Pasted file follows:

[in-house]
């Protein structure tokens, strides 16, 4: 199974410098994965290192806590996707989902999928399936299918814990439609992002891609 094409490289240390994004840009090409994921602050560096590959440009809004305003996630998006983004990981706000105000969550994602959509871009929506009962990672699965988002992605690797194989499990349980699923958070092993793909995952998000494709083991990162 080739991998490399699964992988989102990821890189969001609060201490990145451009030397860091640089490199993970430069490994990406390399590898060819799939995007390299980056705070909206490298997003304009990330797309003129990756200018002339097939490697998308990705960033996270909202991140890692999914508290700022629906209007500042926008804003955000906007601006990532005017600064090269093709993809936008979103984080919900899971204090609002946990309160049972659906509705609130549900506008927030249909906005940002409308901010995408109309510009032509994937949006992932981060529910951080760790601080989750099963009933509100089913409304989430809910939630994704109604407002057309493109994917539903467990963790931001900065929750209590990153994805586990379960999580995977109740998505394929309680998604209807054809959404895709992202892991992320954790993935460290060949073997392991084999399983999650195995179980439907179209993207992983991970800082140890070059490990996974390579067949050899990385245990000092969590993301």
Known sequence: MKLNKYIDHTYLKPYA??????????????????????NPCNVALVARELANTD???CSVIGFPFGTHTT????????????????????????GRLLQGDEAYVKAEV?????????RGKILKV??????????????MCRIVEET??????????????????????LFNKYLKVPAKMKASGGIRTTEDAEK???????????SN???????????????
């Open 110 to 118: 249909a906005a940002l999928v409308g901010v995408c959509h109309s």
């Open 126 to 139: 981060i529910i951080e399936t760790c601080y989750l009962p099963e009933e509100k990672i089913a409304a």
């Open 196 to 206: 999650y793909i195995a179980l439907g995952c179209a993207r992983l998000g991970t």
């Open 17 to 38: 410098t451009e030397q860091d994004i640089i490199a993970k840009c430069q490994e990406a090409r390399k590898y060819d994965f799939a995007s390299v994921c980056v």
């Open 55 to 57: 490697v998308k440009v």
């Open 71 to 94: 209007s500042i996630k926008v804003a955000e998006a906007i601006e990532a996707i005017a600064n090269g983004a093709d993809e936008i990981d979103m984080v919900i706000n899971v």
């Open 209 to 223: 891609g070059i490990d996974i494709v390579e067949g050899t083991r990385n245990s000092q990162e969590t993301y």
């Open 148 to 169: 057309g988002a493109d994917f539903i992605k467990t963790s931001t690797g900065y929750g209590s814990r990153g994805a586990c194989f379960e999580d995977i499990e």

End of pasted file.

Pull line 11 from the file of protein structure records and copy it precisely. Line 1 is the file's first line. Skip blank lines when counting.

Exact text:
């Open 148 to 169: 057309g988002a493109d994917f539903i992605k467990t963790s931001t690797g900065y929750g209590s814990r990153g994805a586990c194989f379960e999580d995977i499990e």